A wide variety of glycans exist in mammalian cells with a wide variety of functions. They are involved in cell structure, the immune response, and cell-cell communication to name but a few. N-glycans are a particularly abundant form, and thus, studying them can provide a lot of useful information.
Abnormal glycan structure and glycosylation are associated with a range of diseases, including immune deficiencies, cardiovascular disease, and cancer.1 The study of glycan structure is therefore very important in understanding such diseases. However, as glycans vary greatly and commonly exist at very low concentrations, there are often difficulties when analyzing their fine structure. New techniques are being developed to combat these setbacks and to aid in monitoring, diagnosis, and prognosis of disease. Gaining insight at a molecular level could also aid in drug and cure development.
Analyzing glycan structure is one essential component of understanding glycosylation patterns, and mass spectrometry is used to do this. Variation in glycan structures is due to the presence of N-acetlylated and acidic residues, which can affect the capability of glycans to be ionized.2 Therefore, permethylation of glycans is often performed before mass spectrometry. This involves the reaction of glycans with methyl iodide in the presence of sodium hydroxide beads, which cleave glycosidic linkages. This reaction stabilizes the acidic residues in glycans, meaning they ionize more uniformly and efficiently due to lower variation in their chemical properties.2,3 Traditional permethylation procedures, however, can produce side reactions. The high pH of sodium hydroxide can lead to the destruction of glycans through oxidative degradation, as well as peeling reactions.3 Moreover, as glycans exist at very low concentrations (low picomole to femtomole), these side reactions can become adversely prominent, meaning the ability to permethylate trace levels of glycans is significantly reduced.
Thus, a miniaturized version of common solid-phase permethylation techniques was used by Desantos-Garcia and colleagues4 to study N-glycans. There are various classes of glycans produced from glycosylation, which differ from the amino acids that they link to on the polypeptide chain. N-glycans are the most common class of glycans and are attached to a nitrogen atom of asparagine or arginine. The technique used by Desantos-Garcia and colleagues4 involves the packing of sodium hydroxide beads in a microcolumn format, thus reducing the amount of sodium hydroxide present at the end of permethylation and minimizing oxidative degradation and peeling reactions. Desantos-Garcia and colleagues4 also found that reducing the amount of sodium hydroxide beads did not significantly diminish the permethylation efficiency, provided enough methyl iodide was used.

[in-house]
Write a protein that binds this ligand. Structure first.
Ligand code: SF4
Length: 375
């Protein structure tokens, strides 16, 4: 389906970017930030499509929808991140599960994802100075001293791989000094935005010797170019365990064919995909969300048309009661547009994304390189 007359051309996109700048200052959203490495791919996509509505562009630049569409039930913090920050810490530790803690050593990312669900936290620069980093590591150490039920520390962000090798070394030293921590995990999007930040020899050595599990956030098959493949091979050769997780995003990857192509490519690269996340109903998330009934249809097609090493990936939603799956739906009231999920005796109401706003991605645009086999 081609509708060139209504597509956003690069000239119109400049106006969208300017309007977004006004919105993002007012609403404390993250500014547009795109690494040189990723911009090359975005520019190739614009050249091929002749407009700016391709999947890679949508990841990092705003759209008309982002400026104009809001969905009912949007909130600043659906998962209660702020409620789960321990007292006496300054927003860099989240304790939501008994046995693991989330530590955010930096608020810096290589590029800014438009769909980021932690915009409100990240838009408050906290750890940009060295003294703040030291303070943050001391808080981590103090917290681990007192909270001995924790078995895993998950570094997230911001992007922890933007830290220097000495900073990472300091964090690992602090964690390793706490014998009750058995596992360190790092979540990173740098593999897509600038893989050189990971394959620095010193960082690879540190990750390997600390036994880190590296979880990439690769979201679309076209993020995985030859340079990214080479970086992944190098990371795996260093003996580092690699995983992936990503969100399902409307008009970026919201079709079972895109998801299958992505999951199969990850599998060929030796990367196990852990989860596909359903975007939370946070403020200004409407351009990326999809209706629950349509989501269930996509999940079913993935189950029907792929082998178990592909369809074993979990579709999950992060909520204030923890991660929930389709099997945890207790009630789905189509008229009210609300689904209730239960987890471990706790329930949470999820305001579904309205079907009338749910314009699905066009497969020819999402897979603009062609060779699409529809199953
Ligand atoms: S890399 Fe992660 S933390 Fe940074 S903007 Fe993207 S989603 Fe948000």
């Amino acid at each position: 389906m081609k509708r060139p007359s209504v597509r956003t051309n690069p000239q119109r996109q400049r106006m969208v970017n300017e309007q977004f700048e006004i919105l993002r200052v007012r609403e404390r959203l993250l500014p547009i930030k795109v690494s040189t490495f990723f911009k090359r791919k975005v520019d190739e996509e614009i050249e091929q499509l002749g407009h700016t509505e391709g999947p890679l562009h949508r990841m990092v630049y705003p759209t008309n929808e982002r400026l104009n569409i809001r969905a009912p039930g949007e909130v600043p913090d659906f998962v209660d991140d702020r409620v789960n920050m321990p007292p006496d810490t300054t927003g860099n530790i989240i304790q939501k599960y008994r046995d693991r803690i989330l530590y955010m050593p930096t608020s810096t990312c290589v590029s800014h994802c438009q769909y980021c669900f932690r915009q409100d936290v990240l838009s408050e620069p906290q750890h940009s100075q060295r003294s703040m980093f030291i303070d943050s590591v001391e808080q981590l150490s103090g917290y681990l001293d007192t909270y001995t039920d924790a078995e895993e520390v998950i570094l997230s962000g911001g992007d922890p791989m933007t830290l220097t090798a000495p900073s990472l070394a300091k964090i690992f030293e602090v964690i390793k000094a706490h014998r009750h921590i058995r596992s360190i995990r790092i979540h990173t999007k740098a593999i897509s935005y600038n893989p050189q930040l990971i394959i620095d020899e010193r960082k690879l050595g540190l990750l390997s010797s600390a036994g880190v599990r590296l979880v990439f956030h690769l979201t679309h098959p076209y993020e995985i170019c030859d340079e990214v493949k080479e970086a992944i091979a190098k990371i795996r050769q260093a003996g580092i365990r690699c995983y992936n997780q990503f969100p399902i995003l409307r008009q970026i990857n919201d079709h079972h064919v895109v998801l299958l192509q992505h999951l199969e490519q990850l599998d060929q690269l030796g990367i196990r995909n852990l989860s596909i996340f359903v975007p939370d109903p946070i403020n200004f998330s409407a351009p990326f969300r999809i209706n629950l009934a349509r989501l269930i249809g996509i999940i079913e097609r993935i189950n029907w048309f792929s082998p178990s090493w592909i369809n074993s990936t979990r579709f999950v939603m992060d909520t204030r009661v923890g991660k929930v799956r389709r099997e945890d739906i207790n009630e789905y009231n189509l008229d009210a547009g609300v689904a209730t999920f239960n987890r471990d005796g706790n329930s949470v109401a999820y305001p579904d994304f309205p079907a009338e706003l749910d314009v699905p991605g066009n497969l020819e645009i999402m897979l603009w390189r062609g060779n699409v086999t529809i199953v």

After solid-phase permethylation, N-glycans were on-line-purified using a common LC-MS setup.4 The most common methods of purification are liquid-liquid extraction (LLE) and solid-phase extraction (SPE). Both of these methods, however, are time consuming and involve numerous purification steps. Moreover, LLE risks the efficiency of sample recovery, and SPE has limited throughput. Therefore, using on-line purification prior to LC-MS means sample handling and transfer steps are reduced, thus reducing the surface area that a sample comes into contact with, minimizing sample losses and enhancing analytical sensitivity. When compared to LLE and SPE, on-line SP purification yielded more intense mass spectrometry signals for permethylated N-glycans, at 75% and 95% higher levels than for LLE and SPE, respectively.4 This on-line purification with reduced sample handling was possible due to the reduced sodium hydroxide in samples, the result of miniaturized solid-phase permethylation.
Thus, the use of miniaturized solid-phase permethylation to reduce the amount of sodium hydroxide, in conjunction with on-line purification, allowed enhanced mass spectrometry sensitivity to N-glycan structures. This is vitally important in determining fine structural differences between glycans, which in turn is needed to better understand glycosylation in both normal and abnormal cases. The more we understand about the glycosylation process, the closer we get to understanding, diagnosing, and curing diseases such as heart disease, immune deficiency, and cancer.
1. Dennis, J.W., Granovsky, M., and Warren, C.E. (1999) ‘Protein glycosylation in development and disease‘, Bioassays, 21 (5), (pp. 412-421)
2. Alvarez-Manilla, G., et al. (2007) ‘Tools for glycomics: Relative quantitation of glycans by isotopic permethylation using 13CH3I‘, Glycobiology, 17 (7), (pp. 677-687)
3. Kang, P., et al. (2005) ‘Solid-phase permethylation of glycans for mass spectrometric analysis‘, Rapid Communications in Mass Spectrometry, 19 (23), (pp. 3421-3428)
4. Desantos-Garcia, J.L., et al. (2011) ‘Enhanced sensitivity of LC-MS analysis of permethylated N-glycans through online purification‘, Electrophoresis, 32 (24), (pp. 3516-3525)